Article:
Activists Act, Don't Wait, as Senate Holds More Hearings on Future of "Don't Ask, Don't Tell"
Wednesday 08 December 2010
by: James Russell, t r u t h o u t | News Analysis
Rally against DADT, May 2010. (Photo: The Other Pete)
Like many other pieces of legislation, the fate of "Don't Ask, Don't Tell" (DADT) rests in the hands of the lame-duck session of Congress.
When the Senate Armed Services Committee announced that it would conduct hearings on December 2 and 3 on a report commissioned by the Department of Defense that looks at repealing DADT - the Clinton-era policy that bans openly gay, lesbian and bisexual members from serving in the military - it was a testament to the activists who have spent months and years advancing toward this moment.
The report, a year-long study of the impact of DADT's repeal on military cohesion and readiness, was compiled by the Comprehensive Review Working Group and released on November 30, in time for the Senate hearings.
DADT's repeal would keep President Obama at his word and let many lesbian, gay, bisexual and transgender (LGBT) activists check off another accomplishment on their long list of Congressional to-dos. The lame-duck session may be their last chance for at least another two years to repeal DADT, much less pass any kind of pro-LGBT legislation, Rep. Barney Frank (D-Massachusetts) told the Washington Blade. Fortunately, he adds, he expects both President Obama and the Senate to block any anti-LGBT legislation from advancing, a tactic that was also used during the Clinton era.
It's a far cry from six years ago, when anti-LGBT measures like same-sex marriage were front and center of the LGBT equality debate. While the fight for same-sex marriage is hardly under covers - especially with regard to the legal wrangling surrounding California's Proposition 8, which banned same-sex marriage - many pieces of legislation backed by LGBT organizations are now garnering support among a broad group of Americans.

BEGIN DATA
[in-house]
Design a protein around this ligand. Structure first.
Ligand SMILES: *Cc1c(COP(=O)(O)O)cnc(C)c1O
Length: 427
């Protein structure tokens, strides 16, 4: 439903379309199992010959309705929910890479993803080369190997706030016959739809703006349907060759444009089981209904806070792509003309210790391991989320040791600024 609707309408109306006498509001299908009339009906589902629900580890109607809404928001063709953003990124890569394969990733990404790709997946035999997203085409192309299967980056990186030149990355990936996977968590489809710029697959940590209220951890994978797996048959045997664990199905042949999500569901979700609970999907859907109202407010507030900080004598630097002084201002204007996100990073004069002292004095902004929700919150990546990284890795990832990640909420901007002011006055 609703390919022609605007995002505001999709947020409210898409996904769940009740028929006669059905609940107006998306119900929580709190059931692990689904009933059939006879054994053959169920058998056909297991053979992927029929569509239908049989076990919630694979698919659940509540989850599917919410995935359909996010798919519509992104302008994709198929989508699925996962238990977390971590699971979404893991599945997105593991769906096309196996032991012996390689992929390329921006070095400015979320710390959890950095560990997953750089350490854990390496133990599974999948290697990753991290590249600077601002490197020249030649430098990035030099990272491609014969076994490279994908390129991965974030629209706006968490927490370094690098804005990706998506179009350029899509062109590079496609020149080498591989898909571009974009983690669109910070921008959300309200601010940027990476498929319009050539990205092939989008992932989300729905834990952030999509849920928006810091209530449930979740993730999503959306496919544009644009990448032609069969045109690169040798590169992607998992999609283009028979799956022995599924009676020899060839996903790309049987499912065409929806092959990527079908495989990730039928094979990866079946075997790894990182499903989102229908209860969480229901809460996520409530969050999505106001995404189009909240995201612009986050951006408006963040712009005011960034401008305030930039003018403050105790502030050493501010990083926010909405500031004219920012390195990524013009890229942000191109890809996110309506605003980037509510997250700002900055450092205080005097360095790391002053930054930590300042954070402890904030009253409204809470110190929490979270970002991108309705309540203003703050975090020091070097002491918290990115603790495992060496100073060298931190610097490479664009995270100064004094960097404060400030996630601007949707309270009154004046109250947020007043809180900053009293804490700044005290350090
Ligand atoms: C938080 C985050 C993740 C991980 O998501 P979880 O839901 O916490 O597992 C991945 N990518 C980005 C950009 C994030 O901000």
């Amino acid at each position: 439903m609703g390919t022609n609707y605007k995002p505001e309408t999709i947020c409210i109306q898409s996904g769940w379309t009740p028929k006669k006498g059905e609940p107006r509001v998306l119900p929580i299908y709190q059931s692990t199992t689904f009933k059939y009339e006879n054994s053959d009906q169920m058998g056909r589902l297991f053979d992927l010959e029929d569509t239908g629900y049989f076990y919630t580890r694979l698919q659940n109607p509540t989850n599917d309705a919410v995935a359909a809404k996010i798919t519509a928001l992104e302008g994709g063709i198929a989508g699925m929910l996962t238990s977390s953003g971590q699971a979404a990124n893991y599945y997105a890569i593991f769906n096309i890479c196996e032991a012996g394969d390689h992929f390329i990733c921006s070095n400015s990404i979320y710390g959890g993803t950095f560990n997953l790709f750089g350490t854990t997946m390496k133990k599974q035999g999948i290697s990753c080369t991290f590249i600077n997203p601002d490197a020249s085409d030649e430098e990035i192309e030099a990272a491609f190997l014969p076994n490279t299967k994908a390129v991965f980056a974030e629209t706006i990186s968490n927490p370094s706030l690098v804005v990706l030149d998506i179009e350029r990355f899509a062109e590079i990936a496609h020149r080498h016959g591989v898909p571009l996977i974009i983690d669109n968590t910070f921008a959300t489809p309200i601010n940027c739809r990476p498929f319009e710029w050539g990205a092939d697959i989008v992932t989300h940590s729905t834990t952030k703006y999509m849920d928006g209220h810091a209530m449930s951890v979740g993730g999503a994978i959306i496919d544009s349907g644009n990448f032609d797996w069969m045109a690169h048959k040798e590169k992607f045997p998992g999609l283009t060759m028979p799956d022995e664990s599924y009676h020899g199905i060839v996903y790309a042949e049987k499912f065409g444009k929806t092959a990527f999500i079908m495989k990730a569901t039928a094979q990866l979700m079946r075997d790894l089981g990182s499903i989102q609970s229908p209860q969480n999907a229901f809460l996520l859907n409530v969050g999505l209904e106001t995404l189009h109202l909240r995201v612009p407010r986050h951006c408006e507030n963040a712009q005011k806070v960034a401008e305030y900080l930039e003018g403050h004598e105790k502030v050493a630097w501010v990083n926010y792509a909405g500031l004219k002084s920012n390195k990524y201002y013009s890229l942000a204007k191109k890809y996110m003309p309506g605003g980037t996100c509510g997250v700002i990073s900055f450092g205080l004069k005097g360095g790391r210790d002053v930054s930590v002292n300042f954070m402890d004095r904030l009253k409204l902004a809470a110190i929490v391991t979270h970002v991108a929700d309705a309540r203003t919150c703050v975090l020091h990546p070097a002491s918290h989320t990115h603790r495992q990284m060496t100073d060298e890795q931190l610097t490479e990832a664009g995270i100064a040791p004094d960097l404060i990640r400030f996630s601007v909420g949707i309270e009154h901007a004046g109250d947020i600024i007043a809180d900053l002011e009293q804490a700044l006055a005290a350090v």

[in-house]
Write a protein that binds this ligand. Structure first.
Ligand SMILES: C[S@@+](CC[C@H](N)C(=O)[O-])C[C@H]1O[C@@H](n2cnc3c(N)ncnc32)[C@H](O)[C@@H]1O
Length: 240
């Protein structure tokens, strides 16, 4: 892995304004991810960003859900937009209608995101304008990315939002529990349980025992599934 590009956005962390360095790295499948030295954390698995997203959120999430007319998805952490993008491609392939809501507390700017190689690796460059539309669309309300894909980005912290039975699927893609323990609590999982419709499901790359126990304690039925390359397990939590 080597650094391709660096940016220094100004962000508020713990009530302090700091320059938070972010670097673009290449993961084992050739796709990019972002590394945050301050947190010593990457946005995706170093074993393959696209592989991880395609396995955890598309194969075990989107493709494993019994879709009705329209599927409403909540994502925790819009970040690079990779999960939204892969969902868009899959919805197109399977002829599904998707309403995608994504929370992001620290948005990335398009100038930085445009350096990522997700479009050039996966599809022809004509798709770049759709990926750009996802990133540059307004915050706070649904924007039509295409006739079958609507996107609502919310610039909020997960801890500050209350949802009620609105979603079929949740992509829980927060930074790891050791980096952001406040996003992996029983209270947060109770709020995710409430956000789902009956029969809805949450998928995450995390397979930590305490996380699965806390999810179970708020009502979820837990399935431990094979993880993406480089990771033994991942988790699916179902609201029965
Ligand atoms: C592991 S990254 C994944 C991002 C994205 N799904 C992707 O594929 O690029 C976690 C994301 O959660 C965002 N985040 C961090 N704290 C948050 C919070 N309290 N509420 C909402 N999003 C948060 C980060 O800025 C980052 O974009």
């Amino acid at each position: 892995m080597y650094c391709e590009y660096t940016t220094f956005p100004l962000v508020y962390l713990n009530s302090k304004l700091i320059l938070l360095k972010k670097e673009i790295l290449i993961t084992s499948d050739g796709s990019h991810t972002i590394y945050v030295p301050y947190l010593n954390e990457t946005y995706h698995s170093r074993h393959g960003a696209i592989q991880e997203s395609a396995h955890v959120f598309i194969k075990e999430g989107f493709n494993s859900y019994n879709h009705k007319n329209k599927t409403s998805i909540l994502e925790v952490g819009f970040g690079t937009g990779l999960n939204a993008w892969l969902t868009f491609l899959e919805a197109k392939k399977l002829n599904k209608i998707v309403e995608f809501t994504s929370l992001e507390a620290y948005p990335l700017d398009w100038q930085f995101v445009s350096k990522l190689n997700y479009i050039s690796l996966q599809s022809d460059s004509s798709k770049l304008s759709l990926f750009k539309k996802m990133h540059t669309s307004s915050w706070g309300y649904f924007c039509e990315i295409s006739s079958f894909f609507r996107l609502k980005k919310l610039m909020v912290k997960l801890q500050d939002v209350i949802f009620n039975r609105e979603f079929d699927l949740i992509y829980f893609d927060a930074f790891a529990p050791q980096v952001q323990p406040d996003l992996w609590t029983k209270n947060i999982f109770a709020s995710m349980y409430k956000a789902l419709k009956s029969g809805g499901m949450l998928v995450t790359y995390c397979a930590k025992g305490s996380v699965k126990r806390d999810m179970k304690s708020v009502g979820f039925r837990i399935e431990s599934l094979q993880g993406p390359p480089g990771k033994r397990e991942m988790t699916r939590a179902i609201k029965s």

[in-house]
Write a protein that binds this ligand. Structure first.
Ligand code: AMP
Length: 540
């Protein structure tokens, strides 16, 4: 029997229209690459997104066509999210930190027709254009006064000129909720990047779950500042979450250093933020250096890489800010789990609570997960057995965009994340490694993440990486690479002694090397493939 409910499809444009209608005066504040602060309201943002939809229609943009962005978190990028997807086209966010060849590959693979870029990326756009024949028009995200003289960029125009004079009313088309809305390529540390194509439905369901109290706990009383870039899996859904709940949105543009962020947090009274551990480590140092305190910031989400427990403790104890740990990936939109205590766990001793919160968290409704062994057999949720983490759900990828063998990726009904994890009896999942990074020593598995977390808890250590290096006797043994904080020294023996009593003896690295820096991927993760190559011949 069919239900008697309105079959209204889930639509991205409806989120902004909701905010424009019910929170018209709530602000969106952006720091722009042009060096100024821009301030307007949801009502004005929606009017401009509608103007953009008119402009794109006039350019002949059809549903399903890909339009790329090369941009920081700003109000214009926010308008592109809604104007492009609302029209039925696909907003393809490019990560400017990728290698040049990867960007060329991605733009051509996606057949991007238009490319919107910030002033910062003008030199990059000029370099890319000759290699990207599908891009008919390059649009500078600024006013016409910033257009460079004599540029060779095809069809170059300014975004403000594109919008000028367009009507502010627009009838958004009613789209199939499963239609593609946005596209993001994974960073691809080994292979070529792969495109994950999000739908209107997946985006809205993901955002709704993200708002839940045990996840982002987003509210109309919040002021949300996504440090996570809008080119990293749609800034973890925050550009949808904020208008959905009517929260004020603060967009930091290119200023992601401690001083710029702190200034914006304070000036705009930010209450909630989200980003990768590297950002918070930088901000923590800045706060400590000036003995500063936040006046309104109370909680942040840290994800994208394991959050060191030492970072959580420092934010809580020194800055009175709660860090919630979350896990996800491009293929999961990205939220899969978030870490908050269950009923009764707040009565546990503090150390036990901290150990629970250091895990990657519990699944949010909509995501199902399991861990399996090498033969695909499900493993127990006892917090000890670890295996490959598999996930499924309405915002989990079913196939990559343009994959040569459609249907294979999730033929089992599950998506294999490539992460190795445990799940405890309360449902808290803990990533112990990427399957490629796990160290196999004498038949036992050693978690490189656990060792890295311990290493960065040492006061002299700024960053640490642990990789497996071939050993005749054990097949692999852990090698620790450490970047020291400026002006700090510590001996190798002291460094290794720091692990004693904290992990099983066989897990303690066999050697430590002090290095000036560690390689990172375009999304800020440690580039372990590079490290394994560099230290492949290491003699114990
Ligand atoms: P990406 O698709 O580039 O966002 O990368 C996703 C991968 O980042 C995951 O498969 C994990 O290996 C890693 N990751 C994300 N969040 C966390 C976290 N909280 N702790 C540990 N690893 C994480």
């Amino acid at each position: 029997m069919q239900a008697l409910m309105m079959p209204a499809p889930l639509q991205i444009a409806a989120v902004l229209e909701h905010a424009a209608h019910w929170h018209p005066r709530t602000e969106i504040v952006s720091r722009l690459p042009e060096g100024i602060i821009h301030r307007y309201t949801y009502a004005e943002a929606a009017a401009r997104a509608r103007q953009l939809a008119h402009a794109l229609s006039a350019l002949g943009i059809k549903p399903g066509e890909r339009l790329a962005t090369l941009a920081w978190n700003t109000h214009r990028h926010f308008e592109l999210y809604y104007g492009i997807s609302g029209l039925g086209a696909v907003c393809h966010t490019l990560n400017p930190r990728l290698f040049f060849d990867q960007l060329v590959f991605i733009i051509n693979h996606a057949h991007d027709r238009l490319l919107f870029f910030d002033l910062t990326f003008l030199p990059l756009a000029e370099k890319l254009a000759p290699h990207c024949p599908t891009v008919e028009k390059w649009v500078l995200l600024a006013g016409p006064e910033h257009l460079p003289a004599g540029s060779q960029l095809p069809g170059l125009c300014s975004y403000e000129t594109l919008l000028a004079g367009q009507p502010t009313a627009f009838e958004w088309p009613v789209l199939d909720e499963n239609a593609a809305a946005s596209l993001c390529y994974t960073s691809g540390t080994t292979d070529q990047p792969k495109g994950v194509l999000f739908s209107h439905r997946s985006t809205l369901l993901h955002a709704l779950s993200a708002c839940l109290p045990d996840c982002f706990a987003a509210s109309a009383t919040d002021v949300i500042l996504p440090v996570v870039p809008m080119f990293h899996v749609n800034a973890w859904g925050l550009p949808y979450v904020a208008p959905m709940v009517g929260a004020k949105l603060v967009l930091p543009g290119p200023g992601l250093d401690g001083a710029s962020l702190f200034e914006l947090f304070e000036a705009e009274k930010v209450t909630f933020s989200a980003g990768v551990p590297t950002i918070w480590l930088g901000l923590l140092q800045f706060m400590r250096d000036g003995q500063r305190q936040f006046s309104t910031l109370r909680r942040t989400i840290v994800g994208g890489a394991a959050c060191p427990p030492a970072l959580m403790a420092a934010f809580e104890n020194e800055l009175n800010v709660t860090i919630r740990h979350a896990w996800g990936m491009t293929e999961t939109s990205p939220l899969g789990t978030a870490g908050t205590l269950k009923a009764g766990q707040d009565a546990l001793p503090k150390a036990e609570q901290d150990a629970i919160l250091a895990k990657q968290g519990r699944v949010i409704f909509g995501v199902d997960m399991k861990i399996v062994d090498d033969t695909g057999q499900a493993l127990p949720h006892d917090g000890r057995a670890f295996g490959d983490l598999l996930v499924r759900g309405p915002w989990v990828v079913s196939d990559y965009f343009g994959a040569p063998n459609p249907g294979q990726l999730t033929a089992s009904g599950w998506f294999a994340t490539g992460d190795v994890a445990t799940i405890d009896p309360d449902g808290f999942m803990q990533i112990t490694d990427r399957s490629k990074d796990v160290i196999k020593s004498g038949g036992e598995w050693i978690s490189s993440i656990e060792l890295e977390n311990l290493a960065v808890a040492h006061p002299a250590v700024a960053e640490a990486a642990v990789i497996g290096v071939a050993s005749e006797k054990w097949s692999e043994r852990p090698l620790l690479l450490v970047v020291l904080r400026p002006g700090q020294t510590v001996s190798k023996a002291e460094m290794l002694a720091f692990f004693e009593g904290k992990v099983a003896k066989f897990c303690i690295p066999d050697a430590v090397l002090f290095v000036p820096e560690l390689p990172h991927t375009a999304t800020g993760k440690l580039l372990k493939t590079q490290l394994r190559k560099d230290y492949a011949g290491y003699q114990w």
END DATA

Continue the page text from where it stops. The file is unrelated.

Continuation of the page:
Though same sex marriage still divides the nation, with polls putting advocates and foes within five percent of each other, legislation like DADT is a uniting force: according to a 2008 poll, nearly 75 percent of people oppose DADT.
The unprecedented push for vote by Senate Majority Leader Harry Reid (D-Nevada), Defense Secretary Gates and President Obama to repeal "Don't Ask, Don't Tell" in the lame-duck session is a far cry from even a few weeks ago, when Democrats scapegoated LGBT voters, among other minorities, for their mid-term election losses. (Early exit polls reported that 31 percent of LGBT Americans voted for Republicans, though later analyses showed that only 29 percent of LGBT voters voted for Republicans. A Keen News Service study that looked at voting trends in predominantly LGBT neighborhoods barely saw a change in turnout over 2008 among other LGBT voters, however. Basically, this year, "We saw shifts among every demographic group toward Republicans," public opinion expert and New York University professor Patrick Egan told the Bay Area Reporter, "and gays were among them.")
Despite ridicule and numerous letdowns, LGBT activists have continued to push Obama toward his campaign platform when he has catered to the right. When activists have been displeased, they have shown it by taking to the streets, confronting politicians and even filing lawsuits when necessary. These activists are not just lamenting as they did in 2004; now, they are acting, too – and the media is taking notice.